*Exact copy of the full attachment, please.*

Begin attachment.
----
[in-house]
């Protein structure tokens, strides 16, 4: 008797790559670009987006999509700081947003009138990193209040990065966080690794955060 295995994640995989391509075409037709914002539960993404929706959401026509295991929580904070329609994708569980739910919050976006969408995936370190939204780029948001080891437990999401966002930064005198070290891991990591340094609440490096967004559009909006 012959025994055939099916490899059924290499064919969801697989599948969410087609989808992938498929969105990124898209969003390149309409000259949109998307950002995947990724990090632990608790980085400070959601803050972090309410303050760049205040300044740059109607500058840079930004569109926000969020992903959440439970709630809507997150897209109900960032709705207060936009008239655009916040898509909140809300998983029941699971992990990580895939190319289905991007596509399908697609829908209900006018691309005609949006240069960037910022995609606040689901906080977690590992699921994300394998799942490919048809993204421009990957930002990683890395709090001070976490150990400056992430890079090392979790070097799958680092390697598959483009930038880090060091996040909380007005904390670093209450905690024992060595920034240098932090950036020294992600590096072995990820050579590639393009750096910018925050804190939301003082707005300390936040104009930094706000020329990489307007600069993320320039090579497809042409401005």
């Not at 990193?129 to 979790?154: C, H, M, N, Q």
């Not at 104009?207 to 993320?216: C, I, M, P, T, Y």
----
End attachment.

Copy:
[in-house]
């Protein structure tokens, strides 16, 4: 008797790559670009987006999509700081947003009138990193209040990065966080690794955060 295995994640995989391509075409037709914002539960993404929706959401026509295991929580904070329609994708569980739910919050976006969408995936370190939204780029948001080891437990999401966002930064005198070290891991990591340094609440490096967004559009909006 012959025994055939099916490899059924290499064919969801697989599948969410087609989808992938498929969105990124898209969003390149309409000259949109998307950002995947990724990090632990608790980085400070959601803050972090309410303050760049205040300044740059109607500058840079930004569109926000969020992903959440439970709630809507997150897209109900960032709705207060936009008239655009916040898509909140809300998983029941699971992990990580895939190319289905991007596509399908697609829908209900006018691309005609949006240069960037910022995609606040689901906080977690590992699921994300394998799942490919048809993204421009990957930002990683890395709090001070976490150990400056992430890079090392979790070097799958680092390697598959483009930038880090060091996040909380007005904390670093209450905690024992060595920034240098932090950036020294992600590096072995990820050579590639393009750096910018925050804190939301003082707005300390936040104009930094706000020329990489307007600069993320320039090579497809042409401005």
């Not at 990193?129 to 979790?154: C, H, M, N, Q």
């Not at 104009?207 to 993320?216: C, I, M, P, T, Y």